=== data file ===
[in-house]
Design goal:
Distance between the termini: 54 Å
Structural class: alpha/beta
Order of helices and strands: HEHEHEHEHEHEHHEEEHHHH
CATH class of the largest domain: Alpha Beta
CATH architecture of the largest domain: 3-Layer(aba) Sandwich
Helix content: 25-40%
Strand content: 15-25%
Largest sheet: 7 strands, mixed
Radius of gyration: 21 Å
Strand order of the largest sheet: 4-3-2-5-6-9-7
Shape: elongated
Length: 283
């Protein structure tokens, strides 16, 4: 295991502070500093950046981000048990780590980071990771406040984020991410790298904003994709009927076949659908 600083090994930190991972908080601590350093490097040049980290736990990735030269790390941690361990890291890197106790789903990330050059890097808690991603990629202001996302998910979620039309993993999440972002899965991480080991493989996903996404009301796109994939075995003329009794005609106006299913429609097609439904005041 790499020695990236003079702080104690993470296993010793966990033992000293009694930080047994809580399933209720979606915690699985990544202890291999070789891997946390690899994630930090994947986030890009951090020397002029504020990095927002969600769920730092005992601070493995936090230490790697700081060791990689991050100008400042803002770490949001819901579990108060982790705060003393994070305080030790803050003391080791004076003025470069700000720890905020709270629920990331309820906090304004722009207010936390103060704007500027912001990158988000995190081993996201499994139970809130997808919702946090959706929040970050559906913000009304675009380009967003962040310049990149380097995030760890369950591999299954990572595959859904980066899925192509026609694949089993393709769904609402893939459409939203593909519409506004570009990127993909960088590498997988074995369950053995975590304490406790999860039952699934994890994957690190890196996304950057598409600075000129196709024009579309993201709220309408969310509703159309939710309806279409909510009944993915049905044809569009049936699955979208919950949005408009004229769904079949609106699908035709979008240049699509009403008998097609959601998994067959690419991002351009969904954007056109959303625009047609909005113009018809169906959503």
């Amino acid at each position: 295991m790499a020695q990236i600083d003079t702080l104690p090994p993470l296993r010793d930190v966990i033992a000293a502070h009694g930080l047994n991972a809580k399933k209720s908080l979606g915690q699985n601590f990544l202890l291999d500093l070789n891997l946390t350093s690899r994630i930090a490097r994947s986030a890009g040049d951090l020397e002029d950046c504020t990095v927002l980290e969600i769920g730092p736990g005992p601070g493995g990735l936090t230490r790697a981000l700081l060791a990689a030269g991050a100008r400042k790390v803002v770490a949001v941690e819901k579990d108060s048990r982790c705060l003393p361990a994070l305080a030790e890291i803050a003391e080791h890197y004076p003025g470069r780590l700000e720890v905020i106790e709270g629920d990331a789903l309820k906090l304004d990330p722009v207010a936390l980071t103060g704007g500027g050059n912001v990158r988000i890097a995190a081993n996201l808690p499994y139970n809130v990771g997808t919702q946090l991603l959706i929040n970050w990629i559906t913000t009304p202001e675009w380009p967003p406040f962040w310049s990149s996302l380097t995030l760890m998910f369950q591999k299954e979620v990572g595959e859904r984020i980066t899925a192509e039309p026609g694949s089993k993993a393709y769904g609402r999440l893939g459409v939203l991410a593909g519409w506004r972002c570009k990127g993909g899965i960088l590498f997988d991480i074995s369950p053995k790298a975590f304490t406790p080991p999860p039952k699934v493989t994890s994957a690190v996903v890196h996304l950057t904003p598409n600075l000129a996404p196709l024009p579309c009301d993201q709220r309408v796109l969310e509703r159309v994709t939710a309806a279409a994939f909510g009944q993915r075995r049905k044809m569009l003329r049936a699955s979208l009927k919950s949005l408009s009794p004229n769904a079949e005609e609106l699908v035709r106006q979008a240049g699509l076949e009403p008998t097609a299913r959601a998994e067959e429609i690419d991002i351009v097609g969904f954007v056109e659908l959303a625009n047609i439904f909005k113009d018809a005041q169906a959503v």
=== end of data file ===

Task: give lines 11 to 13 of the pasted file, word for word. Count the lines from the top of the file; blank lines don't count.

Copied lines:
Radius of gyration: 21 Å
Strand order of the largest sheet: 4-3-2-5-6-9-7
Shape: elongated